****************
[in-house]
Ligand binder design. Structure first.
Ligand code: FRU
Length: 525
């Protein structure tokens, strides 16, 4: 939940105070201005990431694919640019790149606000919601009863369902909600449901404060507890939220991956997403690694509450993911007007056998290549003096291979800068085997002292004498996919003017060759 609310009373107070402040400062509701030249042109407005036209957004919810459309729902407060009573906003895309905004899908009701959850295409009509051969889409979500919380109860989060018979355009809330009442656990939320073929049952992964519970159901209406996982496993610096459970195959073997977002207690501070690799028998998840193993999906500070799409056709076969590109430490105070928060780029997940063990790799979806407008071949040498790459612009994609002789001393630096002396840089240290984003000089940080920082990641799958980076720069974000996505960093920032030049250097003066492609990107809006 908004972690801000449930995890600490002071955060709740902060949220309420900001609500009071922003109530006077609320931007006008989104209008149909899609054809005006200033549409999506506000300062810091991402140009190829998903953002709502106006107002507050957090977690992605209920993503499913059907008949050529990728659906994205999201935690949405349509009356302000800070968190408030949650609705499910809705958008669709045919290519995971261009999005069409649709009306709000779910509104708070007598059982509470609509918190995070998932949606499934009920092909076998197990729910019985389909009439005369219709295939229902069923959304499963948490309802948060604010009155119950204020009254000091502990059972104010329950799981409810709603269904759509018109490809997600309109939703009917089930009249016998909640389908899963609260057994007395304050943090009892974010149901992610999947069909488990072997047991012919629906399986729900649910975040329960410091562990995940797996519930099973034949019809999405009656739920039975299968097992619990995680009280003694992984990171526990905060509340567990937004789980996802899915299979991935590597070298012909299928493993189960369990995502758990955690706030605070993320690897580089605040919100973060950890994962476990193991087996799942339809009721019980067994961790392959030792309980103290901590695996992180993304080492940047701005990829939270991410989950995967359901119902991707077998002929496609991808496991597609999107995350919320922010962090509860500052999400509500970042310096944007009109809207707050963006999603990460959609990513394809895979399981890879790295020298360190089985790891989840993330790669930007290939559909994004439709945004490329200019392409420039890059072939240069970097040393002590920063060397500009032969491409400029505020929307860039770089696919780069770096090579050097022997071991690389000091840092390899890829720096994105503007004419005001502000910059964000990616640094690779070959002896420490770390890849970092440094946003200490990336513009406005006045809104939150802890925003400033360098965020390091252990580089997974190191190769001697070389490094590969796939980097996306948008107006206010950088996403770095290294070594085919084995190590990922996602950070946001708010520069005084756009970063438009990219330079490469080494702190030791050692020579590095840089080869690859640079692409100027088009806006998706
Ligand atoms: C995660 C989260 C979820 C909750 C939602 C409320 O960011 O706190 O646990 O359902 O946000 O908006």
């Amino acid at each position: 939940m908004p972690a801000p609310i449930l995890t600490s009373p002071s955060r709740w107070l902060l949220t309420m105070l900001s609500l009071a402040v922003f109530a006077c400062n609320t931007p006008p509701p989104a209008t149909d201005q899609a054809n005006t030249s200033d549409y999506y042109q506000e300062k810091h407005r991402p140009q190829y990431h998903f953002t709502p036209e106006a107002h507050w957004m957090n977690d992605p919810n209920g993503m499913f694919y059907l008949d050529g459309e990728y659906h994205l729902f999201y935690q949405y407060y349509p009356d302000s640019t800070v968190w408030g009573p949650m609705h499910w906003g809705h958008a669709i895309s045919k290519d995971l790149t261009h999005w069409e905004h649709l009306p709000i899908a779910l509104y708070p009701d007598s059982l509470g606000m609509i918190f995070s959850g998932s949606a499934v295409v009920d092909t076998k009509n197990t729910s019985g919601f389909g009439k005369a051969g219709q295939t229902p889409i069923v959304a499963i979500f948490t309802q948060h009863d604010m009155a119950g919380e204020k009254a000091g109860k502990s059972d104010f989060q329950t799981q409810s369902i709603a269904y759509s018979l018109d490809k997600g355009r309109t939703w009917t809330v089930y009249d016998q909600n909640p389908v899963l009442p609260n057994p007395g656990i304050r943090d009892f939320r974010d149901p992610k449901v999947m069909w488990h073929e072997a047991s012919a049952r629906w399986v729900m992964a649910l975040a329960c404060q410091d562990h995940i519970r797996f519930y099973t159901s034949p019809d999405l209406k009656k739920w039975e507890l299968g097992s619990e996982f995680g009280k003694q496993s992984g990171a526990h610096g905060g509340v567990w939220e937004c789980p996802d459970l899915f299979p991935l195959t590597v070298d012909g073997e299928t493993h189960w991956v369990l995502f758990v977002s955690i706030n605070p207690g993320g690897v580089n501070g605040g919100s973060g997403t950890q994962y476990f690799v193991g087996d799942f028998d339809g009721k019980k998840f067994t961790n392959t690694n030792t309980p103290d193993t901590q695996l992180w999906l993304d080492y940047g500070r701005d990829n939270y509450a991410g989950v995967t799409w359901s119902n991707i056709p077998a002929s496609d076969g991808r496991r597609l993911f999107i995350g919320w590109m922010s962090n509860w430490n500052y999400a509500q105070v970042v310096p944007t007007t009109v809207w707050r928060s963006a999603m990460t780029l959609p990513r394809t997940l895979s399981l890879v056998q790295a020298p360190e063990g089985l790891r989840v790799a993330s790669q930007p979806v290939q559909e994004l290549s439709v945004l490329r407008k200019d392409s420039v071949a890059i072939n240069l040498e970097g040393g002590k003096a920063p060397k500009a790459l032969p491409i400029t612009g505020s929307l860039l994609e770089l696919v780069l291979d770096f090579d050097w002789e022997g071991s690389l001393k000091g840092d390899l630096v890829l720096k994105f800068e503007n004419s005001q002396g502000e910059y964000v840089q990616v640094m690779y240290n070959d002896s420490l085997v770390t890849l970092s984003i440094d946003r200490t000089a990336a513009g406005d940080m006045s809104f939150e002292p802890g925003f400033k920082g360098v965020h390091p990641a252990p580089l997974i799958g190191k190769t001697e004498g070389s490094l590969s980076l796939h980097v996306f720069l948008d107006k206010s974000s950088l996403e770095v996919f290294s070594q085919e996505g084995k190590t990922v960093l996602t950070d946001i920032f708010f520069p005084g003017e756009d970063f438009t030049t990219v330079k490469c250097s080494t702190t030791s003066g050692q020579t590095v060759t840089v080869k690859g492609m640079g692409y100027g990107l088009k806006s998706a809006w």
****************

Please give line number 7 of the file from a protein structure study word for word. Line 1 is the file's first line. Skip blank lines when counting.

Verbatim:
């Amino acid at each position: 939940m908004p972690a801000p609310i449930l995890t600490s009373p002071s955060r709740w107070l902060l949220t309420m105070l900001s609500l009071a402040v922003f109530a006077c400062n609320t931007p006008p509701p989104a209008t149909d201005q899609a054809n005006t030249s200033d549409y999506y042109q506000e300062k810091h407005r991402p140009q190829y990431h998903f953002t709502p036209e106006a107002h507050w957004m957090n977690d992605p919810n209920g993503m499913f694919y059907l008949d050529g459309e990728y659906h994205l729902f999201y935690q949405y407060y349509p009356d302000s640019t800070v968190w408030g009573p949650m609705h499910w906003g809705h958008a669709i895309s045919k290519d995971l790149t261009h999005w069409e905004h649709l009306p709000i899908a779910l509104y708070p009701d007598s059982l509470g606000m609509i918190f995070s959850g998932s949606a499934v295409v009920d092909t076998k009509n197990t729910s019985g919601f389909g009439k005369a051969g219709q295939t229902p889409i069923v959304a499963i979500f948490t309802q948060h009863d604010m009155a119950g919380e204020k009254a000091g109860k502990s059972d104010f989060q329950t799981q409810s369902i709603a269904y759509s018979l018109d490809k997600g355009r309109t939703w009917t809330v089930y009249d016998q909600n909640p389908v899963l009442p609260n057994p007395g656990i304050r943090d009892f939320r974010d149901p992610k449901v999947m069909w488990h073929e072997a047991s012919a049952r629906w399986v729900m992964a649910l975040a329960c404060q410091d562990h995940i519970r797996f519930y099973t159901s034949p019809d999405l209406k009656k739920w039975e507890l299968g097992s619990e996982f995680g009280k003694q496993s992984g990171a526990h610096g905060g509340v567990w939220e937004c789980p996802d459970l899915f299979p991935l195959t590597v070298d012909g073997e299928t493993h189960w991956v369990l995502f758990v977002s955690i706030n605070p207690g993320g690897v580089n501070g605040g919100s973060g997403t950890q994962y476990f690799v193991g087996d799942f028998d339809g009721k019980k998840f067994t961790n392959t690694n030792t309980p103290d193993t901590q695996l992180w999906l993304d080492y940047g500070r701005d990829n939270y509450a991410g989950v995967t799409w359901s119902n991707i056709p077998a002929s496609d076969g991808r496991r597609l993911f999107i995350g919320w590109m922010s962090n509860w430490n500052y999400a509500q105070v970042v310096p944007t007007t009109v809207w707050r928060s963006a999603m990460t780029l959609p990513r394809t997940l895979s399981l890879v056998q790295a020298p360190e063990g089985l790891r989840v790799a993330s790669q930007p979806v290939q559909e994004l290549s439709v945004l490329r407008k200019d392409s420039v071949a890059i072939n240069l040498e970097g040393g002590k003096a920063p060397k500009a790459l032969p491409i400029t612009g505020s929307l860039l994609e770089l696919v780069l291979d770096f090579d050097w002789e022997g071991s690389l001393k000091g840092d390899l630096v890829l720096k994105f800068e503007n004419s005001q002396g502000e910059y964000v840089q990616v640094m690779y240290n070959d002896s420490l085997v770390t890849l970092s984003i440094d946003r200490t000089a990336a513009g406005d940080m006045s809104f939150e002292p802890g925003f400033k920082g360098v965020h390091p990641a252990p580089l997974i799958g190191k190769t001697e004498g070389s490094l590969s980076l796939h980097v996306f720069l948008d107006k206010s974000s950088l996403e770095v996919f290294s070594q085919e996505g084995k190590t990922v960093l996602t950070d946001i920032f708010f520069p005084g003017e756009d970063f438009t030049t990219v330079k490469c250097s080494t702190t030791s003066g050692q020579t590095v060759t840089v080869k690859g492609m640079g692409y100027g990107l088009k806006s998706a809006w």